castles of Greece

Lamia ('Zitouni'; 'Castri Citonis')





Ashlar masonry at the foot of the tower at the S.E. corner.


History/Description: The earliest written evidence of fortification of Lamia is Diodourus Siculus (XVIII, 13, 4) who refers to fortifications during the Lamian Wars (323/2 BC). Much later, some work may have been carried out on the fortifications in the reign of Justinian. In 1204, Boniface of Montferrat formed the barony of Zitouni and ceded the castle to the Templars (and Miller's guess is that they built most of what is now visible [18 p.70]). The first Frankish Parliament of Ravennika was held near here in 1209. In 1217 or 18, Theodorus Angelos Komninos, Despot of Epiros, occupied the castle and expelled the Franks. In 1275, Ioannis Angelos Komninos, Despot of Thessaly and Neai Patrai (modern Ypati) gave it and the castles of Siderokastro, Gravia and Gardiki to William de la Roche, as dowry with his daughter Helen. In 1311, it passed to the Catalans, before being taken by the Turks in 1446. The Greek military moved in 1833, when Lamia, as part of the Treaty of London, was returned to Greece. A Royal Decree of 26 Feb 1922 proclaimed it as a protected historical monument, and the Ministry of National Defence handed it over to to the Ministry of Culture in 1973. In 1984 the Municipality of Lamia undertook to remodel the site and repair the barracks to house the Archeological Museum. You can see the rings on the wall outside of the barracks where, in the 19th century, the Greek cavalry hitched their horses.

5th century BC polygonal stonework can be seen on the NW corner of the west side, and polygonal stones are reused elsewhere. Isodomic trapezoidal masonry was used 425-375 BC and can be seen at the base of the NW tower. The use of small stones with tiles and plaster set between them dates from Byzantine and Frankish periods. The three levels inside are probably the result of Frankish occupation; the barrack block (now the Museum) is 19th century (and there are still rings on the eastern wall for hitching horses to). The keep, or Acropyrgio, is Frankish. There's a good arial view at [10, 'Castle of Lamia].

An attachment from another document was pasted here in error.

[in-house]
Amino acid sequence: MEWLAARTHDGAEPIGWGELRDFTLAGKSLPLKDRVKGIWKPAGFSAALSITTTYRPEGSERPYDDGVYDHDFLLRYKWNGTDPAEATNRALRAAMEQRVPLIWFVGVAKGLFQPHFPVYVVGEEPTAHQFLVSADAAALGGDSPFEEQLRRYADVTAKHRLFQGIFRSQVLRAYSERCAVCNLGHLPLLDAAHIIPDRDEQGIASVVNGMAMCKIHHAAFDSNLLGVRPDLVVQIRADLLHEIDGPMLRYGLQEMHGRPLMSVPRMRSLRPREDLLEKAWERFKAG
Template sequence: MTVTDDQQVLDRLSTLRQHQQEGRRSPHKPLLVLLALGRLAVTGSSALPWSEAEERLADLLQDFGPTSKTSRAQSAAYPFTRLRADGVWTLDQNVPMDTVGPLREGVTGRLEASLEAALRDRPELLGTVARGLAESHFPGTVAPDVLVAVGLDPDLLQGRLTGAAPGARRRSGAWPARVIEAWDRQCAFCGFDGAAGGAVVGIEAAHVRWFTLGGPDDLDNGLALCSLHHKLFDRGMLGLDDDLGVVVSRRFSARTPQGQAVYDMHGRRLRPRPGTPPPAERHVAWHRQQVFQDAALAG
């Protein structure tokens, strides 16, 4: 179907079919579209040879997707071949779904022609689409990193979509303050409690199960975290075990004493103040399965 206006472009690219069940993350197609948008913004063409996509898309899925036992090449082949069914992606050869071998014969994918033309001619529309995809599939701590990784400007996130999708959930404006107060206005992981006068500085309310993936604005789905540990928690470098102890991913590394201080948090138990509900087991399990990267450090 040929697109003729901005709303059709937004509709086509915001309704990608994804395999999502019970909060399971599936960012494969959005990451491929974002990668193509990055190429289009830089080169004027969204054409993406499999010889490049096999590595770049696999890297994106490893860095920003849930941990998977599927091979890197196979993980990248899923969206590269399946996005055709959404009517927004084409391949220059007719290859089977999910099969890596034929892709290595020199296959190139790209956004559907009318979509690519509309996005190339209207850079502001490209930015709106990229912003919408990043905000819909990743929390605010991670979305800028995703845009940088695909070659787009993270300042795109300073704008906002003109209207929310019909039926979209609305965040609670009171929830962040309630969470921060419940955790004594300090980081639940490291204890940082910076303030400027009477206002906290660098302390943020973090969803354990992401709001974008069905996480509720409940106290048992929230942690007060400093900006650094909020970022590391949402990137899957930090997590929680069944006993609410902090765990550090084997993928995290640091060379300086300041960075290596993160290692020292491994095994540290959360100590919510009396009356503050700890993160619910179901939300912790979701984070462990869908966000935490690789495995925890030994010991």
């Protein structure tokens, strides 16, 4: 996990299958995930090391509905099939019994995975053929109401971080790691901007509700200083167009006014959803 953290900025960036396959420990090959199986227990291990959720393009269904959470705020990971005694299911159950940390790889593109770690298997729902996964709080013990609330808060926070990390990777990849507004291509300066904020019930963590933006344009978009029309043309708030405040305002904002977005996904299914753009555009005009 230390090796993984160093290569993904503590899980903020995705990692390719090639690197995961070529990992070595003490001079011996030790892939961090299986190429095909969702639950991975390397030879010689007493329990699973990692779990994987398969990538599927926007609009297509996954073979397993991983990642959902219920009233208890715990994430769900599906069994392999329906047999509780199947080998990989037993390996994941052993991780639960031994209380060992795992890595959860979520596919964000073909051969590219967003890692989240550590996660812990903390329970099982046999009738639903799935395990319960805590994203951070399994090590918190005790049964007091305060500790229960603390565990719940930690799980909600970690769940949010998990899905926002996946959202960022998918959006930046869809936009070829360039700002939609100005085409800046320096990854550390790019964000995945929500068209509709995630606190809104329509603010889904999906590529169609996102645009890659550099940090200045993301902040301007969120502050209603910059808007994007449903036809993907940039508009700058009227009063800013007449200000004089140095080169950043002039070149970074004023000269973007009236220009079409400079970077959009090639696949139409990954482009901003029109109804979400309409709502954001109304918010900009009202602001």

Directions: Its a bit of a hike up to the Castle from the town, a taxi up and walking back makes sense (when descending the road, look out for the steps on the left which are a short cut to the city centre. The views from the top are very good; the museum is well laid out with a lot of fine exhibits from the classical period, and well worth a visit. (Our thanks to Niko and Christina for their hospitality.)

Sources: [07, 04, 10 'Lamia'].

Ashlar masonry around the gateway is typical of the Catalan Company.


On the S.W. corner the hill is almost sheer and the masonry is built on the bedrock.


back to homepage

Unless otherwise stated, the text, images and design of this site are (c) the author. This page last updated 7 Jan 2007